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New Congress, same agenda but more uncertainty

With the U.S. economy the healthiest it's been in nearly five decades and real estate markets booming across the country, what lies ahead in the 106th Congress for the real estate industry in terms of advancing specific policy issues? Although it's difficult to forecast to what extent laws that have direct or indirect impact on real estate will be changed this year, the industry is already prepared to push ahead its 1999 agenda.

"Anything that gets passed will have to be this year because next year will become presidential election year," says Robert Landis, vice president of Government Affairs at the Herndon, Va.-based National Association of Industrial and Office Properties (NAIOP). "Not much is accomplished in the presidential election year."

Given the current political climate and bickering at Capitol Hill in the light of recent impeachment trial of President Clinton and other brewing policy differences between Democrats and the GOP, it's also too early to predict how the 106th Congress would react to real estate policy issues. The industry, however, remains optimistic.

"I'm optimistic that the new Speaker of the House has set a very conciliatory tone," Landis says. "A lot of people and staff are more optimistic than they were before. There is fresh air now."

Jeffrey DeBoer, president and chief operating officer of Washington, D.C.-based National Realty Committee (NRC), says the mid-term congressional elections in November demonstrated tremendous local, state and national interest in initiatives aimed at preserving open space, protecting natural resources and curbing the effects of suburban sprawl.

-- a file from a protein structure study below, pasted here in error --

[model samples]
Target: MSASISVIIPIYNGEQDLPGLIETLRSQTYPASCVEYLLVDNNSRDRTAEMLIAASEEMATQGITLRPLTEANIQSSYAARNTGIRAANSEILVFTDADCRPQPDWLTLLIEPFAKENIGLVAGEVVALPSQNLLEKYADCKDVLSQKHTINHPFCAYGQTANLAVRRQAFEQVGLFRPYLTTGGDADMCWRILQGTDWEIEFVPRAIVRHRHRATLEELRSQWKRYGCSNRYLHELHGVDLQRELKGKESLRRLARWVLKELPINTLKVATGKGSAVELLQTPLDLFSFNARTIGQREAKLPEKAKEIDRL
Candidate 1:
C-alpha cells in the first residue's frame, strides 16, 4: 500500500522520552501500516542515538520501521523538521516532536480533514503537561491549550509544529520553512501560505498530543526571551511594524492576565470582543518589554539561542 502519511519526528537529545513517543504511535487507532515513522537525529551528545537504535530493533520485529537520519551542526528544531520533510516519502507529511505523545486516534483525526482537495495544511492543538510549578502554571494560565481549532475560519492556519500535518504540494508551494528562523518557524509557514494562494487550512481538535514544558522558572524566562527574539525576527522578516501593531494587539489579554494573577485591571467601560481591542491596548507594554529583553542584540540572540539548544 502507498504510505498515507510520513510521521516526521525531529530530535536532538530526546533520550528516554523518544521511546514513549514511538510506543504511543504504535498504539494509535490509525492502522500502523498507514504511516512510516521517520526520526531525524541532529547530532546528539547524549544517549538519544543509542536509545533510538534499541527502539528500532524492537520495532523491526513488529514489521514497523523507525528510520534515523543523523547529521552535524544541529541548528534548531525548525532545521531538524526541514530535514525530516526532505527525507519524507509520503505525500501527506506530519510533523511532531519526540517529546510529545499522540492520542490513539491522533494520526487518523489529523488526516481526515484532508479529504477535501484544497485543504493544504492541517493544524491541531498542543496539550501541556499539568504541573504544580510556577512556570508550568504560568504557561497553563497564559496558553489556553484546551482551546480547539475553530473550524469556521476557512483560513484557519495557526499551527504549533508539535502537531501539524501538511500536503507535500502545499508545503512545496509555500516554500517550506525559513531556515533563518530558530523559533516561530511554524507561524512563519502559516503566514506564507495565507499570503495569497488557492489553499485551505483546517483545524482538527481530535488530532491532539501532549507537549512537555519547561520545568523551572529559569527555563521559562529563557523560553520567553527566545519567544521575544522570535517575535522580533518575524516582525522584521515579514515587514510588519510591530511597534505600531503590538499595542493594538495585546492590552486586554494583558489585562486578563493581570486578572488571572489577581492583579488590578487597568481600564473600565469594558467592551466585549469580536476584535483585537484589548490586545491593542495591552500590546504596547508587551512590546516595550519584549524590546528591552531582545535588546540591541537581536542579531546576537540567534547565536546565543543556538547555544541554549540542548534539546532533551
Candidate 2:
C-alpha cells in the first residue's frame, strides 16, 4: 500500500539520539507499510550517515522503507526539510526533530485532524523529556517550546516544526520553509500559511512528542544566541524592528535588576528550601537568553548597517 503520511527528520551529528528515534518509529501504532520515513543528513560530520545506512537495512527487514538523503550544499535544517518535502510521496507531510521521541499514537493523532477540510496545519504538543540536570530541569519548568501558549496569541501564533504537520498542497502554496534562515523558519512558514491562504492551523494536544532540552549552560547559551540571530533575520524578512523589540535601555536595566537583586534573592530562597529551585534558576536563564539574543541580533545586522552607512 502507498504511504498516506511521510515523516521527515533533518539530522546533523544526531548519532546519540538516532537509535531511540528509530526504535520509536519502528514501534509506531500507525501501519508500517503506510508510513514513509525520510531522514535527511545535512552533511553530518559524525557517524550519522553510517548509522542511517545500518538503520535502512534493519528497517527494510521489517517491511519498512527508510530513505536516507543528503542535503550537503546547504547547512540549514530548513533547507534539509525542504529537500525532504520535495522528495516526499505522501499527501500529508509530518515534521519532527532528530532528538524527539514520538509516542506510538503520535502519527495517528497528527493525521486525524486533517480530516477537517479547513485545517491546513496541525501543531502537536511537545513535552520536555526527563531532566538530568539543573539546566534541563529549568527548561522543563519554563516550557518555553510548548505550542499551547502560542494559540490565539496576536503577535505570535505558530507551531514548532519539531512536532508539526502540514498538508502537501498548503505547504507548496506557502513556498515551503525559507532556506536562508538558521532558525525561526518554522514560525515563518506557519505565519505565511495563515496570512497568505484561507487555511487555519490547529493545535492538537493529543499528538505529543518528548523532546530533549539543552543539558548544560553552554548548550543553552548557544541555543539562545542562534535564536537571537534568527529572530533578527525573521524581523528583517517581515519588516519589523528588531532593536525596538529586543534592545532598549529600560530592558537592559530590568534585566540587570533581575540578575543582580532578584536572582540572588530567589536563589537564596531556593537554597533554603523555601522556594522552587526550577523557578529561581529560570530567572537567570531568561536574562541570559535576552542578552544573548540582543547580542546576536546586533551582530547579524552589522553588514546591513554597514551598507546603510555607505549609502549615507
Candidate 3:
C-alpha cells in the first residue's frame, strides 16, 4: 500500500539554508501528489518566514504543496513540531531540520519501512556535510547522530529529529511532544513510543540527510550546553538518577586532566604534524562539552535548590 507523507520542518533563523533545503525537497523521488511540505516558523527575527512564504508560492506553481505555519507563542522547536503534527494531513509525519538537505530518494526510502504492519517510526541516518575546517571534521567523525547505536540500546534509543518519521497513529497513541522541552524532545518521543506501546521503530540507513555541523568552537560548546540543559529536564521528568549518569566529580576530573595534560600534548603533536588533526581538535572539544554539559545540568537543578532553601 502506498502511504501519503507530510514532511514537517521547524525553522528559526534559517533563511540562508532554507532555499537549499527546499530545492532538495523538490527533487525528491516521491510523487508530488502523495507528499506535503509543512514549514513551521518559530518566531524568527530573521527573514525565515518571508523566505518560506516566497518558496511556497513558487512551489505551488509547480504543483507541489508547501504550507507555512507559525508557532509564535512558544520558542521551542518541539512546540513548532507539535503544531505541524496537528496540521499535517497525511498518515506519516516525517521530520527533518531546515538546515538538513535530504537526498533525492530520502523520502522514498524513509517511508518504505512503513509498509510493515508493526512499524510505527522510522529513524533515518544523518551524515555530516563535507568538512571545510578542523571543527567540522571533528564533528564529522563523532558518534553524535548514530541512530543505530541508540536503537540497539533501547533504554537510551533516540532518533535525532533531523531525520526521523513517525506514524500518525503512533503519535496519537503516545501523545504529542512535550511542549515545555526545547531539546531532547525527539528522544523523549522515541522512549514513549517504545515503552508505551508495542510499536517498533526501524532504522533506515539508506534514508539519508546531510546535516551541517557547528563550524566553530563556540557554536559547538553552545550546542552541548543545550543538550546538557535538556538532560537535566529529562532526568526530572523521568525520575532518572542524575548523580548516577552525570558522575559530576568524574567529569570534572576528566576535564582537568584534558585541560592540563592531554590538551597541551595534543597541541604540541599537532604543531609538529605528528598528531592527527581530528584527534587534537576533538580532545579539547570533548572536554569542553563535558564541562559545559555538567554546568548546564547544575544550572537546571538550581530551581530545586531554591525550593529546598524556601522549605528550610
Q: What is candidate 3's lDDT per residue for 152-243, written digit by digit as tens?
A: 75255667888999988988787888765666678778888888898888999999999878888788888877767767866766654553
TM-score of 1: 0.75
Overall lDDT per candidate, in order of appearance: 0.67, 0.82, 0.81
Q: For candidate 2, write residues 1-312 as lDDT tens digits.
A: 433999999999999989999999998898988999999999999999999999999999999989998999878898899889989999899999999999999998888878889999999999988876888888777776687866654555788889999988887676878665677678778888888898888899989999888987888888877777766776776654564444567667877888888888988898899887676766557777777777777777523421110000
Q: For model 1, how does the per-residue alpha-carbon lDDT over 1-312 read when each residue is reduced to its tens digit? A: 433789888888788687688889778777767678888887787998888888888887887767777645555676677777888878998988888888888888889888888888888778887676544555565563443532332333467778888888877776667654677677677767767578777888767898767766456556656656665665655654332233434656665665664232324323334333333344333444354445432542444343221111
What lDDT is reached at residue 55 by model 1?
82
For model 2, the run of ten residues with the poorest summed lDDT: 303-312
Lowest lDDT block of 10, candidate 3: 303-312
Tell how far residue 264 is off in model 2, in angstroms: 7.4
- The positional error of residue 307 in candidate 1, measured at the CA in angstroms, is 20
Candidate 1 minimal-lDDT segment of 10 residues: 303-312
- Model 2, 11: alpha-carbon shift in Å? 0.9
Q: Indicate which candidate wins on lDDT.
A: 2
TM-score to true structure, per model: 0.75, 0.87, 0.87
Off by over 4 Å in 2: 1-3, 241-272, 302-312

"Studies are due out this spring from the White House Council on Environmental Quality and the General Accounting Office. With [Vice President] Al Gore's high profile on this issue, it could be a high-level national debate," DeBoer says. "It presents a potential win-win for real estate - provided our industry can lead the debate, potentially through the new congressional real estate caucus."

In May last year, Representatives Phil English (R-PA) and Richard Neal (D-MA) formed the bipartisan Caucus aimed at serving as a forum for members of Congress and invited guests from the real estate industry and ensuring that congressional debates include a concern for real estate. The Congressional Real Estate Caucus is expected to gain momentum this year and play an important role in shaping real estate policies.

On its part, the real estate industry seems to have a full plate of issues on its national policy agenda this year ranging from electricity utility deregulation, endangered species, property rights/regulatory reform, and storm water permits to Superfund, wetlands, capital gains, leasehold improvements and like-kind exchanges. Other issues include preserving current flexibility and availability of the real estate investment trust (REIT) vehicle in proposing future tax policy, increasing the per capita low income housing tax credit allocation, clarification of Fair Debt Collection Practices Act, telecommunications regulations, and filling loopholes in bankruptcy procedures.

Most of these issues have strong support from various industry organizations such as NAIOP and the NRC, one of the industry's most effective and successful advocacy groups on federal legislative and regulatory issues affecting real estate.

"The overriding goal of the real estate community in Washington is to support and propose policies that will keep the economy growing," says DeBoer.

Tax reform on the table He adds that one of the major goals in 1999 will be the focus on tax reform policies ranging from capital gains to tax credits for low income housing and leasehold improvements. Although the Taxpayer Relief Act of 1997 lowered the maximum capital gains tax rate from 28% to 20% (and to 18% for assets purchased after 2000, then held five years), the industry wants more reduction.